As far as the 2 labels on our sniffer trace for the ICMP echo request, the inner label was created by BGP, and the outer label via LDP.   Actually…. in this specific environment… with the configs I have given to you…. it will be BGP vpnv4 for all the inner labels for the customers hanging off of VRFs…. and the outer labels (when there are outer labels) will be created by LDP.

ping_with_labels_3a

So let’s “interview the witnesses”.  Who is a witness?  Well I told you that the inner label was created by BGP VPNv4.  Since there is NO BGP in Rogue…  That reduces our pool to Cheddar, Brie, and Feta.  Let’s start color coding Cheddar and Feta and the labels they create and advertise.

So let’s go to Cheddar and see if anyone has told it about using label 29 to get to 10.11.0.0/16.

cheddar_vpn

Looks like 14.100.100.201, Feta, is the one who told Cheddar about label 29.  So we will color code the label 29 green since Feta is the one who created that label.

Cheddar’s instructions are –

  • if you want to get to 10.11.0.0/16,
  • come to “me”, 14.100.100.201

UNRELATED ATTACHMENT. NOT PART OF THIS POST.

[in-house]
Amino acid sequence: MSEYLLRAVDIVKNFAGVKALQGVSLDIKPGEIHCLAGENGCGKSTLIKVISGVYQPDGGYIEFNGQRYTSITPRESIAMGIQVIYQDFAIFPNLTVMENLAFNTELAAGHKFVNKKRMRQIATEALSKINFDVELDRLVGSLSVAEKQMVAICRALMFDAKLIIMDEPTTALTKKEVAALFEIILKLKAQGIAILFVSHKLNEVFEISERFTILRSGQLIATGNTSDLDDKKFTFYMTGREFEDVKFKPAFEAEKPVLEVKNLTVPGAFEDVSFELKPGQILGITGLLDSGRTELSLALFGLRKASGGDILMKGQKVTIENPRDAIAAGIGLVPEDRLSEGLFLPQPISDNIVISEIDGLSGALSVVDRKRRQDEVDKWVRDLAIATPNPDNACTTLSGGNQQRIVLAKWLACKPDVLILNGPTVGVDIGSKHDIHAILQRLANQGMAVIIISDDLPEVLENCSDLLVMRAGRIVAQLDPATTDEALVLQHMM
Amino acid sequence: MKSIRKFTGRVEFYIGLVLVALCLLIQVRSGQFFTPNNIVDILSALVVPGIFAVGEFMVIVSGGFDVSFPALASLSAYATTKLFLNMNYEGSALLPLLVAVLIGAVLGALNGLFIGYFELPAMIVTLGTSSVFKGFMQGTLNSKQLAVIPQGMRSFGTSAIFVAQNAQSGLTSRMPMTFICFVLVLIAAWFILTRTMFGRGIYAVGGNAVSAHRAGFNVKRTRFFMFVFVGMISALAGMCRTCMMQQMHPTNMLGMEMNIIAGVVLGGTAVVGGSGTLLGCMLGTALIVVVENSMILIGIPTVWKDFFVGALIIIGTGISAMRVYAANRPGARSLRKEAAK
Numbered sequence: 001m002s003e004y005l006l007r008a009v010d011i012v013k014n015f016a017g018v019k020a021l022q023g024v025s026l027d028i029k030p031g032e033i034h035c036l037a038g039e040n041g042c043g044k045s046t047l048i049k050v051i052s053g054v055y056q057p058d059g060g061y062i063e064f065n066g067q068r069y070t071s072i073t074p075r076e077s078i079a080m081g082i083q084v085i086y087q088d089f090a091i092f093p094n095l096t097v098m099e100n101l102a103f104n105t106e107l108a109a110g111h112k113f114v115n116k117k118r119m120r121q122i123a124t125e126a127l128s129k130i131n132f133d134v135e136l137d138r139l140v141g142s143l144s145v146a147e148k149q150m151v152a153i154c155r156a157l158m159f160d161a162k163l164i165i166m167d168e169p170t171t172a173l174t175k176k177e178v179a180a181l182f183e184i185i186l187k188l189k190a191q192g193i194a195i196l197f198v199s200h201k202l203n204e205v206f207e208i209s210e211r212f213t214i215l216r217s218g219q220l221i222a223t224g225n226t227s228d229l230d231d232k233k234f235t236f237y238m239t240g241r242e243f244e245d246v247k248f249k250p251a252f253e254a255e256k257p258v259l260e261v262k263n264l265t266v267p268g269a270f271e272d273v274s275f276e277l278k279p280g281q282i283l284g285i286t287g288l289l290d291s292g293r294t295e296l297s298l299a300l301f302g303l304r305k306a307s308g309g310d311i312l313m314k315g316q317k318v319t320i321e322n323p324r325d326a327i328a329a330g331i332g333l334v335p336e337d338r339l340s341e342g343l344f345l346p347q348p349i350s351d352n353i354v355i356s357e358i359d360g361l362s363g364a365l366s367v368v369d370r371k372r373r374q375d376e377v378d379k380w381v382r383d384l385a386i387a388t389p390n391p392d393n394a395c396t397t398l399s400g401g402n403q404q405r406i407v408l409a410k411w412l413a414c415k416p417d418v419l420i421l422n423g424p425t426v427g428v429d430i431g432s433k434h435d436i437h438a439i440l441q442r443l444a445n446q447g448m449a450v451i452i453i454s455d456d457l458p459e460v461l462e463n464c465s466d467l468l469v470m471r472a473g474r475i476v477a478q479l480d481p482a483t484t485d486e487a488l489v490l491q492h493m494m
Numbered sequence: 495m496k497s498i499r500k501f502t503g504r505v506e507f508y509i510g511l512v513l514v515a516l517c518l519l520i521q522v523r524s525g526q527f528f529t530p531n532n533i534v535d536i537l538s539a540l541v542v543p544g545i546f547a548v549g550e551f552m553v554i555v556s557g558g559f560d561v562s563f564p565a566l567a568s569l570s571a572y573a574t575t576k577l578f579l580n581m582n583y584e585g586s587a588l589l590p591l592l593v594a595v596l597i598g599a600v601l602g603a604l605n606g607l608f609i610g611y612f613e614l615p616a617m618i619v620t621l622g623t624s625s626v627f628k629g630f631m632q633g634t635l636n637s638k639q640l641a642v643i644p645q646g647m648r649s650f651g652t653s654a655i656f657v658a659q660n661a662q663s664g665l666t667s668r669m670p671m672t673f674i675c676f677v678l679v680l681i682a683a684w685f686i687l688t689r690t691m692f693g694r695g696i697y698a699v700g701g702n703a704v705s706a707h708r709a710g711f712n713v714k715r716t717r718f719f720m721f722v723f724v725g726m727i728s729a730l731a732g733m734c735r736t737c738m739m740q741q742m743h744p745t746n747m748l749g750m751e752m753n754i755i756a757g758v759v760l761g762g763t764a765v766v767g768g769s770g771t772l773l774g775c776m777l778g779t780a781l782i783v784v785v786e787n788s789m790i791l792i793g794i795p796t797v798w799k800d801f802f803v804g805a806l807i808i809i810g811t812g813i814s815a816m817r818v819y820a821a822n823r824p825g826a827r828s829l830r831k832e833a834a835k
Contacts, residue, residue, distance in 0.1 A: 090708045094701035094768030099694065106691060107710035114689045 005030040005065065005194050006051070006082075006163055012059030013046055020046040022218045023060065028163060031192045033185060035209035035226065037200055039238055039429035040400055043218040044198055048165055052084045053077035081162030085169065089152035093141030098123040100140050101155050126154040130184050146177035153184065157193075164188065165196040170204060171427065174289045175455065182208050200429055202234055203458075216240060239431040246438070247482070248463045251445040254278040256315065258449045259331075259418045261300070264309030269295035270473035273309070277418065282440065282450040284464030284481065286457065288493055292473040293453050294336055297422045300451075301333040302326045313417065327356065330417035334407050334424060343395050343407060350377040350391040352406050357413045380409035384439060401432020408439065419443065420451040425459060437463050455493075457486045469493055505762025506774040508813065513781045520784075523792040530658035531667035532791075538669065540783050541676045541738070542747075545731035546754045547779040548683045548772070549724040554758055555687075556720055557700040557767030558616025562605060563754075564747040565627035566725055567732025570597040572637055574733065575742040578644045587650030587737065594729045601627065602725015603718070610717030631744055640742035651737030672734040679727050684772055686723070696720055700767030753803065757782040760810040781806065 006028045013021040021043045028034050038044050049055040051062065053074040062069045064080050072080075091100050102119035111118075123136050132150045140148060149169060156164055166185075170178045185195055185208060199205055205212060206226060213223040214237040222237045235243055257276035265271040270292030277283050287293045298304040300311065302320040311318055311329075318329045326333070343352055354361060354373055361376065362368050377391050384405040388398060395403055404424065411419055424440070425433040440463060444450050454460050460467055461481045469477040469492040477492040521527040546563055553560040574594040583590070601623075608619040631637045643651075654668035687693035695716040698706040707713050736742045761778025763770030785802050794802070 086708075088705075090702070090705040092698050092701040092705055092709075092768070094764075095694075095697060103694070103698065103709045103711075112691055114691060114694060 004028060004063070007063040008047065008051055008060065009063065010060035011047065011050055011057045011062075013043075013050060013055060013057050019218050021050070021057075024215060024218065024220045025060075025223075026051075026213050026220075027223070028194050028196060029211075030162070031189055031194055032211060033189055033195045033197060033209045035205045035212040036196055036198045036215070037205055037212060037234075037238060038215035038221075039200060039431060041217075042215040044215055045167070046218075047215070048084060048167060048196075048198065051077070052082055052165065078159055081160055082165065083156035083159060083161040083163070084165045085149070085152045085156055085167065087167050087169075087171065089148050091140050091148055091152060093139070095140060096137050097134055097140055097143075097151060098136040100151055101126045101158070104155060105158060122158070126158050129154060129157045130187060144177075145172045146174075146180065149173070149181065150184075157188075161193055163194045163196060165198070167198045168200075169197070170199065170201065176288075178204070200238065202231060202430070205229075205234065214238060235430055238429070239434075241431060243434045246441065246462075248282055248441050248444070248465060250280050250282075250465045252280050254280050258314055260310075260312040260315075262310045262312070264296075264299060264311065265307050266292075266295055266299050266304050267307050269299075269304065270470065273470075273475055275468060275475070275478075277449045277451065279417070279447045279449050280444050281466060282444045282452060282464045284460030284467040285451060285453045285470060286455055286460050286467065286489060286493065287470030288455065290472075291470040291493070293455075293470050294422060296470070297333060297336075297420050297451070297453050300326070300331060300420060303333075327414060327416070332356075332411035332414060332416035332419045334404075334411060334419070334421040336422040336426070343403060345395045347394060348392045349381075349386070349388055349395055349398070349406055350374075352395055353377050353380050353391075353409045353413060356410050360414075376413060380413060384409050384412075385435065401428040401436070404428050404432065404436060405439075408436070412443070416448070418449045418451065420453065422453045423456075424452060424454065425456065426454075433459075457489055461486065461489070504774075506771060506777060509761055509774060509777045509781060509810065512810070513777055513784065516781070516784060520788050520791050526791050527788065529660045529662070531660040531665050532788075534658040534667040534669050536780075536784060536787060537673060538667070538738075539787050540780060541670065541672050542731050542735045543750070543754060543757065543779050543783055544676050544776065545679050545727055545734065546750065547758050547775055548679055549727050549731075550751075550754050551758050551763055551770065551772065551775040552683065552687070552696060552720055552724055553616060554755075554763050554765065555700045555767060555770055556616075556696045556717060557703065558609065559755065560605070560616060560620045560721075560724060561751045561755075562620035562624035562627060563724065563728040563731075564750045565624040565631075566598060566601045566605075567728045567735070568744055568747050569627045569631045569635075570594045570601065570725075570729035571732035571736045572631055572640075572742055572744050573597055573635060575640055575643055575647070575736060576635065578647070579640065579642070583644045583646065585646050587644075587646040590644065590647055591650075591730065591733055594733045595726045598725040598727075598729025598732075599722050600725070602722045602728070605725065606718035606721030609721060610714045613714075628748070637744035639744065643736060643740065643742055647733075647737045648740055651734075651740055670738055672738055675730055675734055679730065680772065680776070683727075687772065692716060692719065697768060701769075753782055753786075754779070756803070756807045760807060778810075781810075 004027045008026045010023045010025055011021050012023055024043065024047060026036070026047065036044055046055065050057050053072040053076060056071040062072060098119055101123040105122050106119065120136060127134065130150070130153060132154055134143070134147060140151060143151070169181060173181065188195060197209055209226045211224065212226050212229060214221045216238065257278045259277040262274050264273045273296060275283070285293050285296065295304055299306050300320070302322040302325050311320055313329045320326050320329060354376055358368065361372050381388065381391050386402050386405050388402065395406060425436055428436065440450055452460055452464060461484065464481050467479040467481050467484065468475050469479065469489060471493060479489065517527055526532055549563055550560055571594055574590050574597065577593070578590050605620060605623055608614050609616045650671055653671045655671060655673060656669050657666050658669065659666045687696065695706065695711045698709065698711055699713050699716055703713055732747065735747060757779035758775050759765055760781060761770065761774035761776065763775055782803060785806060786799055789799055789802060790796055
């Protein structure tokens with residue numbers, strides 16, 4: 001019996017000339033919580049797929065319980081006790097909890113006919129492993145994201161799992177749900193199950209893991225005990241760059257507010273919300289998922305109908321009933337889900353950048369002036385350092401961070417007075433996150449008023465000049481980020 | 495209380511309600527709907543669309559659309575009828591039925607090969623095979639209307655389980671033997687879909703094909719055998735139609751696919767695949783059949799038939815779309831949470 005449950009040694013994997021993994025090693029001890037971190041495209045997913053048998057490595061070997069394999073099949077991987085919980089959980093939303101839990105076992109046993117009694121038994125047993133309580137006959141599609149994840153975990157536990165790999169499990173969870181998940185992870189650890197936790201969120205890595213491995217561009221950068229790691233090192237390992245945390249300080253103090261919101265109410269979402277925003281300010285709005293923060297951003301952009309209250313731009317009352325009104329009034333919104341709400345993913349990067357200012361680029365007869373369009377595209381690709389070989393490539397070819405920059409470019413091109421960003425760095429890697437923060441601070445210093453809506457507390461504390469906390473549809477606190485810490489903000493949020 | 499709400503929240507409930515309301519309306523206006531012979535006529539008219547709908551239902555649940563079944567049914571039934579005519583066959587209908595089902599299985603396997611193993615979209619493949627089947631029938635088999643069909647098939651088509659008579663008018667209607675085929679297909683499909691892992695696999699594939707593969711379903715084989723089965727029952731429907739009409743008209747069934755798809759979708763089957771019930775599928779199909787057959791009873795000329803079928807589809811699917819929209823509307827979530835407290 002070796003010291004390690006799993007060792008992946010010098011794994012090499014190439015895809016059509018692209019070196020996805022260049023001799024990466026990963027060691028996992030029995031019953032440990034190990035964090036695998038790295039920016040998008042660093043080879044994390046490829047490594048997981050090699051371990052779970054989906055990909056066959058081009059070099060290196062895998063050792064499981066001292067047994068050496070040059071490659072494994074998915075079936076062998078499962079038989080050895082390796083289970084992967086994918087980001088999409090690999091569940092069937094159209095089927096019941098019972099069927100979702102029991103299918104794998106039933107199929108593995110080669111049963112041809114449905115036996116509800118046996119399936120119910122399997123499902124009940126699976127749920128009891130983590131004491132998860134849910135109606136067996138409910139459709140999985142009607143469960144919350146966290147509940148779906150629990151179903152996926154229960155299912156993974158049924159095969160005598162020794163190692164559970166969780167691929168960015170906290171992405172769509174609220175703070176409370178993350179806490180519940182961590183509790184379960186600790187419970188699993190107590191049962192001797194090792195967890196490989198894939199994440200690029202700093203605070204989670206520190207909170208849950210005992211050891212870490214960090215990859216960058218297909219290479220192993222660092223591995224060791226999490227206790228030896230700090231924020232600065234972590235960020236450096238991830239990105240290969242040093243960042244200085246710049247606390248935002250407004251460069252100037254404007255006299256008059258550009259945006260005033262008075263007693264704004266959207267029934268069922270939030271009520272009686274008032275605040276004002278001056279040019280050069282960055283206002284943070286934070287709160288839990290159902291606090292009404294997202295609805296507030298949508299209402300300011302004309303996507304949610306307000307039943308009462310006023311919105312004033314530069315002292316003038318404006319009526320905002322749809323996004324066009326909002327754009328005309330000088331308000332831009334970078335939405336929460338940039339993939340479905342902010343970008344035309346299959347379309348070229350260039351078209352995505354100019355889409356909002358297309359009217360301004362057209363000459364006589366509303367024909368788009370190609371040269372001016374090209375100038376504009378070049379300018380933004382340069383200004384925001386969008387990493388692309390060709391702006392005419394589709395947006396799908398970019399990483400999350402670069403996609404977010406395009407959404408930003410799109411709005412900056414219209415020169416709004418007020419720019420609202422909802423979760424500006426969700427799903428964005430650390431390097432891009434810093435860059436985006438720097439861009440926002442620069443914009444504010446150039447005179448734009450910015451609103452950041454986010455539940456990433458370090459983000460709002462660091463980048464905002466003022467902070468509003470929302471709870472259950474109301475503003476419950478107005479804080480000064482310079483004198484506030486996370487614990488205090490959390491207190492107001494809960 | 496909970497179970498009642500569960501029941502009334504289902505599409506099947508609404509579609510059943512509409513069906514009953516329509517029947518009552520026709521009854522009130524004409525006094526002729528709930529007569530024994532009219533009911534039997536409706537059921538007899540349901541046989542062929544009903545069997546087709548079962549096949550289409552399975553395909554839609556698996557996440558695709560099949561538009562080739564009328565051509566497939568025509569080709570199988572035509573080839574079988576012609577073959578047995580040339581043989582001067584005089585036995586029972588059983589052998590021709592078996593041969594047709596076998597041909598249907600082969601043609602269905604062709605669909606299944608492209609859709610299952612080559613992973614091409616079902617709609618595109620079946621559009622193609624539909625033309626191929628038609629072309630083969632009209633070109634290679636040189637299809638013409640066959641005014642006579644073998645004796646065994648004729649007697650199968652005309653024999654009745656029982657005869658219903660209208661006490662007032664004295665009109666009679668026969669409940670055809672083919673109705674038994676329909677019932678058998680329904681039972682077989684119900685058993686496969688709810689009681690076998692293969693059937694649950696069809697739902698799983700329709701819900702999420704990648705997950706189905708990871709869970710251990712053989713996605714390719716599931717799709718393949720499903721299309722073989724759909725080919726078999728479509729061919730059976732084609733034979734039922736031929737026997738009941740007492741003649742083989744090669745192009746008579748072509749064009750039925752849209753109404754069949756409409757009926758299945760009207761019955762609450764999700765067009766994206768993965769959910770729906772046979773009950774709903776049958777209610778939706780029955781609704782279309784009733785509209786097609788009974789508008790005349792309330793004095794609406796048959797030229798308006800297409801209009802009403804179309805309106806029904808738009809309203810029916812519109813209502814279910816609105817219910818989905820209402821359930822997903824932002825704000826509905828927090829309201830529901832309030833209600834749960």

• and use label 29

Let’s go check Feta. Yup.  There we go.

feta_vpn

So Feta is the one advertising the label 29 inside of BGP VPNv4.  Since it is advertising the label it needs to know where it is going to label switch it to.  So let’s look at the mpls forwarding table for Feta.  As we can see below Feta’s mpls forwarding table shows that if a label comes into it a value of 29 it is supposed to go out gig0/0/0 towards next hop 10.11.14.2 (String) with no label.

feta_forwarding

Remember, in our environment I had configured String to advertise the subnet 10.11.101.0/24 via its IPv4 BGP (eBGP) neighbor with Feta.  Right?  So first Feta learned about the prefix 10.11.101.0/24 via StringFeta knows it is in a VRF and is configured to advertise the prefix and the corresponding label to its BGP VPNv4 RR, Brie. 

mystery_4

Brie is configured as a BGP VPNv4 Route Reflector for both Feta and Cheddar.  As a good RR Brie will then reflect Feta’s advertisement (prefix, attributes, and label) to Cheddar.

If you open up the sniffer trace I put up at the beginning of this blog and jump to frame 61 you can see Brie reflecting 10.11.0.0/16 and the corresponding label 29 to Cheddar.  Of course you can also see all the attributes and the RT and RD as well.  But for right now let’s just look at the prefix 10.11.0.0/16 and the label, 29, that Feta advertised to Brie and is getting (in this sniffer trace) sent from Brie to Cheddar via an update.